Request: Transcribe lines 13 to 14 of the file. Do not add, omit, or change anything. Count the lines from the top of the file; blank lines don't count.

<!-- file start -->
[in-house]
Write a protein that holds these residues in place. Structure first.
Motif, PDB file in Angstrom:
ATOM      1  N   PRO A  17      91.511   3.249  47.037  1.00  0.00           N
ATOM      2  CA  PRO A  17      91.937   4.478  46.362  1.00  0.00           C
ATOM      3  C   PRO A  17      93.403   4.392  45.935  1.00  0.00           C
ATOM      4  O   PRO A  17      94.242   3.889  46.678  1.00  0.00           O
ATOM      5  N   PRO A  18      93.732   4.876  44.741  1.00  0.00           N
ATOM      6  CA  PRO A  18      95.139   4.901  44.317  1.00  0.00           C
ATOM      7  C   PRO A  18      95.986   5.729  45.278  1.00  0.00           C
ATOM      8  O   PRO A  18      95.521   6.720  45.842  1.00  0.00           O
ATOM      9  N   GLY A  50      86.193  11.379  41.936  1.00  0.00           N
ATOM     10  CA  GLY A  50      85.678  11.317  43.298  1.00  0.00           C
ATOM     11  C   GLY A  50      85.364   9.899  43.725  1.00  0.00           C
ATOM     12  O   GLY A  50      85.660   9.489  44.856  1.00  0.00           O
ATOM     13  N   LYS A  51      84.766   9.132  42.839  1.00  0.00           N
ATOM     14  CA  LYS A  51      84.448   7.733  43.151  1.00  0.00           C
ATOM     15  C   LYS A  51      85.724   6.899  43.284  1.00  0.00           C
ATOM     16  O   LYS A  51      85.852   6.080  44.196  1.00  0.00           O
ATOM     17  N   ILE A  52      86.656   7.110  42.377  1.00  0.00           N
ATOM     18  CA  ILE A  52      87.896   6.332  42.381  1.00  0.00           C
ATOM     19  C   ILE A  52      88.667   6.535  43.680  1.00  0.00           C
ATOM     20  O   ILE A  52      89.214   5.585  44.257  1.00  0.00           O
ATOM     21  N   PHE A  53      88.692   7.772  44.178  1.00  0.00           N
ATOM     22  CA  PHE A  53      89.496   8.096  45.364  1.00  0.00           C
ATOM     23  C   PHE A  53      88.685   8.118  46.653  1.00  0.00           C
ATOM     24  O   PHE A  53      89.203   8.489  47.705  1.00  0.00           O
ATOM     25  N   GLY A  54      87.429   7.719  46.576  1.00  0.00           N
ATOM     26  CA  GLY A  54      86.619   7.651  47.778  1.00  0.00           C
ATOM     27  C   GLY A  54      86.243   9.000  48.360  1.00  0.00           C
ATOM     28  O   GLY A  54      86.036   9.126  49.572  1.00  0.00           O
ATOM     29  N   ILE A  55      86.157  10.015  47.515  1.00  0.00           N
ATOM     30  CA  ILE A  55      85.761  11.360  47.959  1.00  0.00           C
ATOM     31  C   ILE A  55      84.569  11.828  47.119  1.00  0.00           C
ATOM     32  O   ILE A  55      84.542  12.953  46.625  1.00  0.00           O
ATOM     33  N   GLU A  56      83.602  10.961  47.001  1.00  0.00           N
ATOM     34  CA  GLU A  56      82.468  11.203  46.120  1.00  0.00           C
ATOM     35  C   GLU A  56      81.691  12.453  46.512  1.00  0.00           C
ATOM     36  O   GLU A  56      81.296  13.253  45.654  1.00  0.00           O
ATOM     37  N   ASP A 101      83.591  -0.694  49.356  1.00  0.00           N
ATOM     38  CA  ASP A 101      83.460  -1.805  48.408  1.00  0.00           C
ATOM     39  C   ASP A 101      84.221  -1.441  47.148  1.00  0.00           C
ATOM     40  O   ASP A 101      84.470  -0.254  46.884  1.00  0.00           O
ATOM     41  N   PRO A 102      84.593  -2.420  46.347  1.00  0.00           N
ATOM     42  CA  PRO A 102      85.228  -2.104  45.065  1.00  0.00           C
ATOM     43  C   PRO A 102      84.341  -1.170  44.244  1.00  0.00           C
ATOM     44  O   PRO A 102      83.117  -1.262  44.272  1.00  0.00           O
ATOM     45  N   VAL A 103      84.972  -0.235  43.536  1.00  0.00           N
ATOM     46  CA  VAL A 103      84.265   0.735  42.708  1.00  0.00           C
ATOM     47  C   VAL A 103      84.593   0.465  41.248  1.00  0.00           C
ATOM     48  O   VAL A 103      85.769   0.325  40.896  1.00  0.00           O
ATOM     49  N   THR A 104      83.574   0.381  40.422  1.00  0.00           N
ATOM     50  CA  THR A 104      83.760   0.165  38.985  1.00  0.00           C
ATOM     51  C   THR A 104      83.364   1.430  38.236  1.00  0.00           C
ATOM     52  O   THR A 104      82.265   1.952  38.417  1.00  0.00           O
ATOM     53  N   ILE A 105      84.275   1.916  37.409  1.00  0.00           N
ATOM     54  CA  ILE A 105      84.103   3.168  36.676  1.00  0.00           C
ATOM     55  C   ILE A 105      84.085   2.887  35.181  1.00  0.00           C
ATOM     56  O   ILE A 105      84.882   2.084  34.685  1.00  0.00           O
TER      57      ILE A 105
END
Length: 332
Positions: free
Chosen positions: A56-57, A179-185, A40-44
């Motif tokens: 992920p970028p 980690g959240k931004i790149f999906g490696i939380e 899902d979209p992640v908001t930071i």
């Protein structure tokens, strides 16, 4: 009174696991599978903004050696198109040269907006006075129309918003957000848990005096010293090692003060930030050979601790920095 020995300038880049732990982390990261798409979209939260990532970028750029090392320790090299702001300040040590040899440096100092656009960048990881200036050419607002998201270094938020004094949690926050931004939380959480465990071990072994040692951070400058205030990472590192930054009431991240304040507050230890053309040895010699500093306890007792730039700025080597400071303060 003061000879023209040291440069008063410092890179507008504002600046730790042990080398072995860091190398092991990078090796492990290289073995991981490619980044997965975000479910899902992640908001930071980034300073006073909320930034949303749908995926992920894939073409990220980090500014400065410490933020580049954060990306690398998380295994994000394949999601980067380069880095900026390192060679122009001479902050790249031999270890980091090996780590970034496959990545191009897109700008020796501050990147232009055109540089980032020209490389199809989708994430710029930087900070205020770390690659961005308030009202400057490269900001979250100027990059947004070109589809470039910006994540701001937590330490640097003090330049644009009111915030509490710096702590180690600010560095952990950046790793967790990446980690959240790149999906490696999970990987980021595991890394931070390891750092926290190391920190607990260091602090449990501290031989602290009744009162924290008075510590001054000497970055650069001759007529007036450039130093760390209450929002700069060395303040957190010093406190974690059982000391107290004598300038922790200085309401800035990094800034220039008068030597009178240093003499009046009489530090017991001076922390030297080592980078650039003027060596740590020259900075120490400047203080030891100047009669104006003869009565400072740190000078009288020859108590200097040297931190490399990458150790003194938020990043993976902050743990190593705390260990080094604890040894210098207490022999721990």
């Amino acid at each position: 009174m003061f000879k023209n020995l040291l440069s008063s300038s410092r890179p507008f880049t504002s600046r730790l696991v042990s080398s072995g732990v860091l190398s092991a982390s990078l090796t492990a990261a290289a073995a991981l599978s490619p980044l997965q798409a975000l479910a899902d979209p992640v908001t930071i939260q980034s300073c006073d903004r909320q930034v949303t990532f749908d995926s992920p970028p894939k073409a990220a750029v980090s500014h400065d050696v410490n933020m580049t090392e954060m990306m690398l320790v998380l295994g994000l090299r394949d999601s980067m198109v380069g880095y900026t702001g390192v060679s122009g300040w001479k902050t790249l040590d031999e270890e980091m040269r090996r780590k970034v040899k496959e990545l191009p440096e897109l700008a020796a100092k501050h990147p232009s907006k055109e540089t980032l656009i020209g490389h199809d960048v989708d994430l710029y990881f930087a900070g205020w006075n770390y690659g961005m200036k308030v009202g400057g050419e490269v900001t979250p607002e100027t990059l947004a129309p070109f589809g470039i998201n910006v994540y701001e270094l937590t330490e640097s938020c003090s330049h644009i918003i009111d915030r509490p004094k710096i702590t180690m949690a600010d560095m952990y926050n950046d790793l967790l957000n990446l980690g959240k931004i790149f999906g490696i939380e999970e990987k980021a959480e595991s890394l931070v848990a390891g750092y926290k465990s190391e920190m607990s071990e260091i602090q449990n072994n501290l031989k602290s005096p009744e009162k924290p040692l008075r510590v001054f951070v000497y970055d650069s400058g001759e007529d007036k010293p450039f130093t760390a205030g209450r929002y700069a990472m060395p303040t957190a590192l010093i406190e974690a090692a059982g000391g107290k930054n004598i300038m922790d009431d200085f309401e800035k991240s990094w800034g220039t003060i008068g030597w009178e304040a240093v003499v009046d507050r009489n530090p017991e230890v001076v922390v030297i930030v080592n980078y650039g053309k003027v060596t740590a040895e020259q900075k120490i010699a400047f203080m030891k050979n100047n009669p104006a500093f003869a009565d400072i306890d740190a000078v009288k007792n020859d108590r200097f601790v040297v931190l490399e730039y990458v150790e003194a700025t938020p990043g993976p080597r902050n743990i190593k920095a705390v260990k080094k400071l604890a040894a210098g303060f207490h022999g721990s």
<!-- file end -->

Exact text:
ATOM     10  CA  GLY A  50      85.678  11.317  43.298  1.00  0.00           C
ATOM     11  C   GLY A  50      85.364   9.899  43.725  1.00  0.00           C